The payment card networks plan to postpone until July changes in their interchange schedules that they had planned to take effect in April, Digital Transactions News has learned.
The delays come as many merchants, especially restaurants, hotels, and local retailers have closed or greatly reduced their operations as part of governmental attempts to control the spread of the coronavirus, or Covid-19. Some independent sales organizations and other groups have called on the networks to cancel the April interchange updates, saying merchants do not need an increase in the price of accepting cards in such a distressed environment.
A source at a Midwestern ISO told Digital Transactions News late Friday morning it has received “official notice” that Visa Inc., Mastercard Inc., and American Express Co. are delaying planned April changes in their pricing schedules. Discover Financial Services also confirmed a three-month postponement.
A Visa spokesperson, however, said Thursday night that the company is considering its options, but would not publicly confirm a delay. “Visa is committed to partnering with our clients during this difficult time,” the spokesperson says by email. “We are actively implementing and considering a number of ways we can proactively support our clients to ensure the stability, security, reliability and resiliency of the digital payments ecosystem.”
Mastercard is postponing some network upgrades that it had planned, but a source familiar with its plans says they include a delay until July in interchange adjustments. In a statement issued to Digital Transactions News Friday morning, however, the company would only discuss operational issues.
“To help our customers and partners manage through this unprecedented event, we are pausing updates to some systems while delivering the same level of security and service they receive every day,” the statement says. “This is one way we can help them focus on their core systems operations and resiliency efforts to meet the needs of consumers and business.”
A spokesperson for Riverwoods, Ill.-based Discover says in an email message that “Discover recognizes that many organizations are facing operational challenges, with the majority of business operating remotely. Therefore, we have made the decision to postpone our spring release, 20.1, from April 17, 2020 to July 17, 2020 in order to support our clients and their customers.” An AmEx spokesperson could not be reached for comment.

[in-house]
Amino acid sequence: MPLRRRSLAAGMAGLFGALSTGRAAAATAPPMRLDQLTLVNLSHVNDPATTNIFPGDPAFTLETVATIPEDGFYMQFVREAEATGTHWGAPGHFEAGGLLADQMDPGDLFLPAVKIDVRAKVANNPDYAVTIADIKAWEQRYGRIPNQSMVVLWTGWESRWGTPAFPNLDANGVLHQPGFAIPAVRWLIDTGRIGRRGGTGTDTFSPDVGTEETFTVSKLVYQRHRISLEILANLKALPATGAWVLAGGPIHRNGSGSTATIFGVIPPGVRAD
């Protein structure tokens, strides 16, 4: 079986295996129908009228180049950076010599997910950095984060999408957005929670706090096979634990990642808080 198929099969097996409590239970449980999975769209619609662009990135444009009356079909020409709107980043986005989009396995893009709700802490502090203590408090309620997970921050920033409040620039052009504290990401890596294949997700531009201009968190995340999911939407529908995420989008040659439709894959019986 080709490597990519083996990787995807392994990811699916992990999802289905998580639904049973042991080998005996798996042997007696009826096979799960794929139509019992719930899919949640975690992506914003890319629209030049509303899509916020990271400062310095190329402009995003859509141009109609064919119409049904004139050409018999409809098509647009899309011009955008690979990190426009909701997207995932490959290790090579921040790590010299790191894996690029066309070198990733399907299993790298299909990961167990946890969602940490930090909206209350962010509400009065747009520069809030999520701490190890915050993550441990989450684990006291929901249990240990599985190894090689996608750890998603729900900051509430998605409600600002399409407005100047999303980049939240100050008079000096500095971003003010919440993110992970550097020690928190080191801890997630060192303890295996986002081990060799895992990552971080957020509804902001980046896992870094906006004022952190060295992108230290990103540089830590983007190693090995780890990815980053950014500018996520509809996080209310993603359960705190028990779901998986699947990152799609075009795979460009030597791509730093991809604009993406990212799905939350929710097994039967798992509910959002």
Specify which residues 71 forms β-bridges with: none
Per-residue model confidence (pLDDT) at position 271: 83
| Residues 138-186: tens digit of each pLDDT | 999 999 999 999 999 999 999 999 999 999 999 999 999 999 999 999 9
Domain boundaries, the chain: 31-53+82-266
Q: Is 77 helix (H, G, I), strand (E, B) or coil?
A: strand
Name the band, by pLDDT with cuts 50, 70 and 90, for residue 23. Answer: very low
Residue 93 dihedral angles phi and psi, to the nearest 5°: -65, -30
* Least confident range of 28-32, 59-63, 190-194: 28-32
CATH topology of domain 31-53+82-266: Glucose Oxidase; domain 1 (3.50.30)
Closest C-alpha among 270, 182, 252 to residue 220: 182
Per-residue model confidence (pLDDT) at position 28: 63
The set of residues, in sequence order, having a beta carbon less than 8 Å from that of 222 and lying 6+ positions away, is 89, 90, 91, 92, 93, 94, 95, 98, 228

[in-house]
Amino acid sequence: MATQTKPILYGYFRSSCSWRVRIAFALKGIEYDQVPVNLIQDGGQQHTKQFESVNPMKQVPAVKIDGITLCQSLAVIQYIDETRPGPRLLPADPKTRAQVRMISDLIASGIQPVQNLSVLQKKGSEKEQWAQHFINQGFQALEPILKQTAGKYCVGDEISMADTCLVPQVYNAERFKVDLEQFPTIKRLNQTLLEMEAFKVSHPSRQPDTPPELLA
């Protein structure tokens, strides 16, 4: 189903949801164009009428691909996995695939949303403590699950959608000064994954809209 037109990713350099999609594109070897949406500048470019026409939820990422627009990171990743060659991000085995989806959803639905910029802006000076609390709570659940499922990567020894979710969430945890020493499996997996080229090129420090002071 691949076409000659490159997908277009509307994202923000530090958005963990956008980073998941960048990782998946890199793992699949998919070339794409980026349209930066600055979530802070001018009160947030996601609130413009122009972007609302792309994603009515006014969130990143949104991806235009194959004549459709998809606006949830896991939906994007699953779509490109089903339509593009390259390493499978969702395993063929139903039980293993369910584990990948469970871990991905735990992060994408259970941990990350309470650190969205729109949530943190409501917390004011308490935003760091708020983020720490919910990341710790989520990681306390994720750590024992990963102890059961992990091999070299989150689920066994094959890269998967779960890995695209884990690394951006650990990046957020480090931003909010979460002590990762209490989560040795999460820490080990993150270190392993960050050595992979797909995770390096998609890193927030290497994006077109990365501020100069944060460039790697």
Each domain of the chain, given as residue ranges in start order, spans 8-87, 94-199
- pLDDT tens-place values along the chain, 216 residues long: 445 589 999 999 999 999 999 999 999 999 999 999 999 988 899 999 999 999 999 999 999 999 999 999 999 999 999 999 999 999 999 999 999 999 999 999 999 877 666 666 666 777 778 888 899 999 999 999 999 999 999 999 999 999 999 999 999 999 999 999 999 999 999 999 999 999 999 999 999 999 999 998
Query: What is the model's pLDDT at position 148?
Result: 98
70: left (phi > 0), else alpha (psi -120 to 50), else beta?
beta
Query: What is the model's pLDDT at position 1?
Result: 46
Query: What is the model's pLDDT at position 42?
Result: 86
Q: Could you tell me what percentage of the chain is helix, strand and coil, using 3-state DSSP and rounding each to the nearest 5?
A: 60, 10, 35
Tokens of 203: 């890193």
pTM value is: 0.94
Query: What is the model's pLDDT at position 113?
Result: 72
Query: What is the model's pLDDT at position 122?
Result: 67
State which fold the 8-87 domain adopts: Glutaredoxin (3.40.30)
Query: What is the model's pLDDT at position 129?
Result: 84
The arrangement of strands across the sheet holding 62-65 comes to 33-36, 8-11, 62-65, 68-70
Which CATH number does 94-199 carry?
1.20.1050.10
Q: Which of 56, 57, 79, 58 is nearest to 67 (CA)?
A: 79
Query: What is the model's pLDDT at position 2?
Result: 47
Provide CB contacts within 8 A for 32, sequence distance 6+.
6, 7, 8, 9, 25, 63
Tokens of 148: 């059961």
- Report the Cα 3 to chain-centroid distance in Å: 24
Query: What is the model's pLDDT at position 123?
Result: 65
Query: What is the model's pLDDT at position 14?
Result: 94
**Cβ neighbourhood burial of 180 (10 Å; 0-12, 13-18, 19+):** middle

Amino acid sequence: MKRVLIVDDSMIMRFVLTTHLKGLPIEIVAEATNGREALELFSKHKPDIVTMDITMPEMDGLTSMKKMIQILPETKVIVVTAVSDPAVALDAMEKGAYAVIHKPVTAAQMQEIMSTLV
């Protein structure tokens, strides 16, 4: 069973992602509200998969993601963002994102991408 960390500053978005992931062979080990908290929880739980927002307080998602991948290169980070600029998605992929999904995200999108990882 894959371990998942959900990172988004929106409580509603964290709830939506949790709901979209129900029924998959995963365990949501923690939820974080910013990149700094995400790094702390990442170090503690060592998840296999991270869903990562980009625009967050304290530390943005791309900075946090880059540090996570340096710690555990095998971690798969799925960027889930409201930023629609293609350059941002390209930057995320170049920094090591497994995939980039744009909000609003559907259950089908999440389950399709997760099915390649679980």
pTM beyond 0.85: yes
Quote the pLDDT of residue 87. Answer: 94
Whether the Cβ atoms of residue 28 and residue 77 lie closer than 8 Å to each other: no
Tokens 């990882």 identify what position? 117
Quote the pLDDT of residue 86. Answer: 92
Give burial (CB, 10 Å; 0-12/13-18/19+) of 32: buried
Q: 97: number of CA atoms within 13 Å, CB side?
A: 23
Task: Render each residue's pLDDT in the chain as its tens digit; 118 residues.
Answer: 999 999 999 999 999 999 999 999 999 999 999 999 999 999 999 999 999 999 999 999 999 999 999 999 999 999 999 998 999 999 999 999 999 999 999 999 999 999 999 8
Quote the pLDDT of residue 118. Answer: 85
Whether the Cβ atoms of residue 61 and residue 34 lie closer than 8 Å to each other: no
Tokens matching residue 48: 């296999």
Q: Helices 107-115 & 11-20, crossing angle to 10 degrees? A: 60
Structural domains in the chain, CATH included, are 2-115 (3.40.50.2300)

Digital Transactions News has not seen the final pricing schedules the networks had planned for April. But a draft document from late 2019 listing Visa’s proposed credit card rates includes a number of increases as well as decreases in certain rates for some merchants, depending on card type. But restaurants look like they’re in for an increase. The current schedule from April 2019 lists five credit card rates specifically for restaurants ranging from 1.54% of the sale plus 10 cents to 2.40% plus a dime. The draft schedule lists restaurant credit rates ranging from 2.10% plus a minimum of 4 cents to 2.70% and a minimum of 8 cents.
“We appreciate the collaboration with payments-system stakeholders during this time of crisis and the recognition that networks making changes right now would not have a positive impact in the market,” a spokesperson for the Merchant Advisory Group, a Minneapolis-based association of retailers concerned with payments issues, tells Digital Transactions News by email. “By delaying the changes, we believe the decision will add to the stability of the system during this critical time as well as defer pricing increases some of the most affected merchants were going to incur.”
The MAG also says it is working with retailers and others in the payments industry to again request that the networks delay their planned October 2020 EMV liability shifts for card-accepting fuel pumps. The networks have already denied an earlier request for a delay, which originally they had set for October 2017. The shift will make convenience stores and other gasoline retailers financially responsible for counterfeit fraud originating at their fuel pumps if a pump can’t read an EMV chip card.
Fuel retailers, however, say the cost and complexity of the upgrades is still plaguing them. “There are many complications with hardware installation, software deployment, and testing and certification through no fault of the merchants,” the MAG spokesperson says. Issues include “eliminating signature requirements for fleet cards; chargeback mitigation and fraud prevention; and educating merchants about best practices for cleaning PIN pads, among other items.”